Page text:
The lead story in the Sept. 7 edition of the Boomerang caused me to reflect on an issue I have thought about for many years- the legacy for the Laramie community created because of the national fervor related to the death of Matthew Shepard and the trial of Aaron McKinney and Russell Henderson. The organized fervor sent the message to the nation that the Laramie community was a hot bed of bigotry. The message was false but the resulting legacy has survived to the point of being an urban legend.
At the time of the beating and subsequent death of Shepard the “word on the street” was that two young men mercilessly beat another young man who eventually died and that the beating was related to drugs. The street news was that the men were known users and drug providers (not sellers). Instead of the beating and death of Shepard being a lesson of how drugs can ruin the lives of people the event became a rallying point for an example of society’s hatred towards gays and the “Shepard Story” became the foundation for a movie, musicals and conferences. While the Shepard legacy has undoubtedly served as an awareness for the need of tolerance for different beliefs and lifestyles it is based on only a partial truth. The other truth is that mind-altering drugs often place users in harm’s way and this should be the lesson of the horrible death of Shepard and for the lives of McKinney and Henderson who will never live outside prison walls.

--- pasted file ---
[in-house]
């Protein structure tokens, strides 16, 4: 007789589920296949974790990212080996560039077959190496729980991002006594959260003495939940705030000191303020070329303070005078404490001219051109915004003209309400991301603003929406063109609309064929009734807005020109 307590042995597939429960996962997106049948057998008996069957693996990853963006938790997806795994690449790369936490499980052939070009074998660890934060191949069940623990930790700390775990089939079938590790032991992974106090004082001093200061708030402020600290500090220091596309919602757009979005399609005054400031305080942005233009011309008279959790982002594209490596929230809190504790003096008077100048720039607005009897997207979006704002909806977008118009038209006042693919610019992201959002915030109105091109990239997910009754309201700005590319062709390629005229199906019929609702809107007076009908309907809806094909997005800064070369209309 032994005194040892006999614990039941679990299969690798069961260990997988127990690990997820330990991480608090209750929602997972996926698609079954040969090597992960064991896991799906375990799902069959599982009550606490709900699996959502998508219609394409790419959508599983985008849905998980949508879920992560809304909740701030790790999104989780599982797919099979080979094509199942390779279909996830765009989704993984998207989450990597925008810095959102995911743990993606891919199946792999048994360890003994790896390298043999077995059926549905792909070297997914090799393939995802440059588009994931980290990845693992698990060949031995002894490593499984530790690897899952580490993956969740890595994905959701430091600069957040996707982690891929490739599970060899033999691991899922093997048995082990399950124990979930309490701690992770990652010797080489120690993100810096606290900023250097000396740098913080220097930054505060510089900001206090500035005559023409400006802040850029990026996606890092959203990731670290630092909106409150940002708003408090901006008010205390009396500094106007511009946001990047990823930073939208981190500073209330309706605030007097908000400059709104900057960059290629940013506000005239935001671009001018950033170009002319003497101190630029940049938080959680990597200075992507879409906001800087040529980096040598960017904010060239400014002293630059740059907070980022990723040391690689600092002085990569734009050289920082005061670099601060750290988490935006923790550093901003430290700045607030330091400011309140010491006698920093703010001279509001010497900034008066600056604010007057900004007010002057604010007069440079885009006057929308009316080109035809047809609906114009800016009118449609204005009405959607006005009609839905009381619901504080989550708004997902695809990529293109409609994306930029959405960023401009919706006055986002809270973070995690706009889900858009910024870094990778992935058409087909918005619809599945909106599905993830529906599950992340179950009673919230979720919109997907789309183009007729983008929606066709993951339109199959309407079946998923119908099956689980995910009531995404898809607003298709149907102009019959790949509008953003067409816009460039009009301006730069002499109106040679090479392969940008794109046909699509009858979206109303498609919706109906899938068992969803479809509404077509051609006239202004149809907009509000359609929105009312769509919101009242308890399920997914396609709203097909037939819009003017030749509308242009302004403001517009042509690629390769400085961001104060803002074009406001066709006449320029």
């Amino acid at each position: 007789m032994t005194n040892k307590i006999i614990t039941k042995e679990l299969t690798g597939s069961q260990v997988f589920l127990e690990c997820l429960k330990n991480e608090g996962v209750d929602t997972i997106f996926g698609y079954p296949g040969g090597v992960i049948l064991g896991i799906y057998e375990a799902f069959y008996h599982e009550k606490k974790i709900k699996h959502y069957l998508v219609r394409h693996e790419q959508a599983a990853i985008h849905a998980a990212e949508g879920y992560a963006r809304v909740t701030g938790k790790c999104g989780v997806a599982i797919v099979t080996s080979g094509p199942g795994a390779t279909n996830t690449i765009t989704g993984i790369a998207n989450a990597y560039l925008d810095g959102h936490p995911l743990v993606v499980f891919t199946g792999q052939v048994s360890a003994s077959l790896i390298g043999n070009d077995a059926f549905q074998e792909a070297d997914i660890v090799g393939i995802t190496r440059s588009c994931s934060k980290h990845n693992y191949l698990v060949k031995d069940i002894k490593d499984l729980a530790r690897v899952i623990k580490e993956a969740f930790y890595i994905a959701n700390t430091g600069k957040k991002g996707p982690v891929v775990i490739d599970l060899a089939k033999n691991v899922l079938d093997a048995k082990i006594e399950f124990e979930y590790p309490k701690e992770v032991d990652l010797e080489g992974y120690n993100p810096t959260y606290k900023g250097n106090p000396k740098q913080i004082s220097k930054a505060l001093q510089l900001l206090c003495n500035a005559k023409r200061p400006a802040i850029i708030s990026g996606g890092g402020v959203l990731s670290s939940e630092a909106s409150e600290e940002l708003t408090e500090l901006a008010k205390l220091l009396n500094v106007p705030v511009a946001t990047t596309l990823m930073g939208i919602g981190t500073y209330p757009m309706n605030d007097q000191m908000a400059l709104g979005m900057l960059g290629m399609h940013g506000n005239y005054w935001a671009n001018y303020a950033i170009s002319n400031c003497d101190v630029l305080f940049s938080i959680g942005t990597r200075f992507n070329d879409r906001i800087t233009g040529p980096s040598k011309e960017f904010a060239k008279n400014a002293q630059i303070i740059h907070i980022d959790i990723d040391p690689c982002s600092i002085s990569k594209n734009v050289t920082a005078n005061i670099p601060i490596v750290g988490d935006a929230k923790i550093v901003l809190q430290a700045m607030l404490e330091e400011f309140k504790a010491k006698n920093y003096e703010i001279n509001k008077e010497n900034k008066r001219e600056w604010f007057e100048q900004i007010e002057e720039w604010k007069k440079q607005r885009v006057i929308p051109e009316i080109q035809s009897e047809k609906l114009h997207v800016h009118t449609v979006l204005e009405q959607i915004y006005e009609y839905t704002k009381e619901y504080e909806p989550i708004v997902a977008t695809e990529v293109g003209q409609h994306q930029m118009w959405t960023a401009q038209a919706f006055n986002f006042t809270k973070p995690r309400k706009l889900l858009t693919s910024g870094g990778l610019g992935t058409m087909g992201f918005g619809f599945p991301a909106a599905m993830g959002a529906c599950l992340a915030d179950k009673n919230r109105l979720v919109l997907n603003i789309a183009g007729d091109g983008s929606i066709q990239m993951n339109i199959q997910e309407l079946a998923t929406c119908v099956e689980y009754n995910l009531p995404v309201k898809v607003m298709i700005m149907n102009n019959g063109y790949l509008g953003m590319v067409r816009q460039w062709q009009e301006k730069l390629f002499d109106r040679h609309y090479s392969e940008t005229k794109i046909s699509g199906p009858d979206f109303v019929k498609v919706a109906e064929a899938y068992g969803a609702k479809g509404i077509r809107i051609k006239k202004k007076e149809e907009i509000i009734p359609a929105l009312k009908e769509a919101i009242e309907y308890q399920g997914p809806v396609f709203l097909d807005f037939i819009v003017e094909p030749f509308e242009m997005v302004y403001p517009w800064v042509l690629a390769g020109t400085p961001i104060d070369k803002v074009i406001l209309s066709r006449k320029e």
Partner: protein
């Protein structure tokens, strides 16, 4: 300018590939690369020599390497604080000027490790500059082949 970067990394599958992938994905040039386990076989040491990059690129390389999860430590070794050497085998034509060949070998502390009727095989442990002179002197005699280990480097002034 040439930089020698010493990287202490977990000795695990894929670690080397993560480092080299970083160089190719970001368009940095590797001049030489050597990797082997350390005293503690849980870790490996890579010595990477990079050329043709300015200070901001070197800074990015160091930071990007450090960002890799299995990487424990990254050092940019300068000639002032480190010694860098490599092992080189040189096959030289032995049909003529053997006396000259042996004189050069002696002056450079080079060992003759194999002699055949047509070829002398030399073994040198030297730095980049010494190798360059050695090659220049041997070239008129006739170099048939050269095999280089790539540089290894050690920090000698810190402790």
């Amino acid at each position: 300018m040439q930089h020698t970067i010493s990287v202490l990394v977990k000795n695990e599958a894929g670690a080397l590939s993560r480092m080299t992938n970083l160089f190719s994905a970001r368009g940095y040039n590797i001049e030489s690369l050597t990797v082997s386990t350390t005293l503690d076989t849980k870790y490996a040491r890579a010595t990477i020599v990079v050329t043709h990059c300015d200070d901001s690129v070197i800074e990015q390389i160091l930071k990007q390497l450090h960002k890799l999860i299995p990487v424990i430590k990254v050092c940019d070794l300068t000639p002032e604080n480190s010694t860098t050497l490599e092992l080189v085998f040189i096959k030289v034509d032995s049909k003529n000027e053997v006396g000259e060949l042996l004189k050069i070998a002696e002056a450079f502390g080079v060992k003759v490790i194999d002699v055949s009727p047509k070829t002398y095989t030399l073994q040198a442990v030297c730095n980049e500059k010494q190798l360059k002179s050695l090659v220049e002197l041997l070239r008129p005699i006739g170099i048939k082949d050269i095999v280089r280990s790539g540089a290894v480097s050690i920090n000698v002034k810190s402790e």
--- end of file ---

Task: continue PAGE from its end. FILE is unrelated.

It would be nice if the guest column by Steve Jimenez (Boomerang, Oct. 9) were to be picked up by the national media.
While the whole-truth of the Shepard murder may be unwanted by some the ultimate outcome may be beneficial if the same forces that have fostered the Shepard legend were to publicize the negative results of drugs on the lives of people.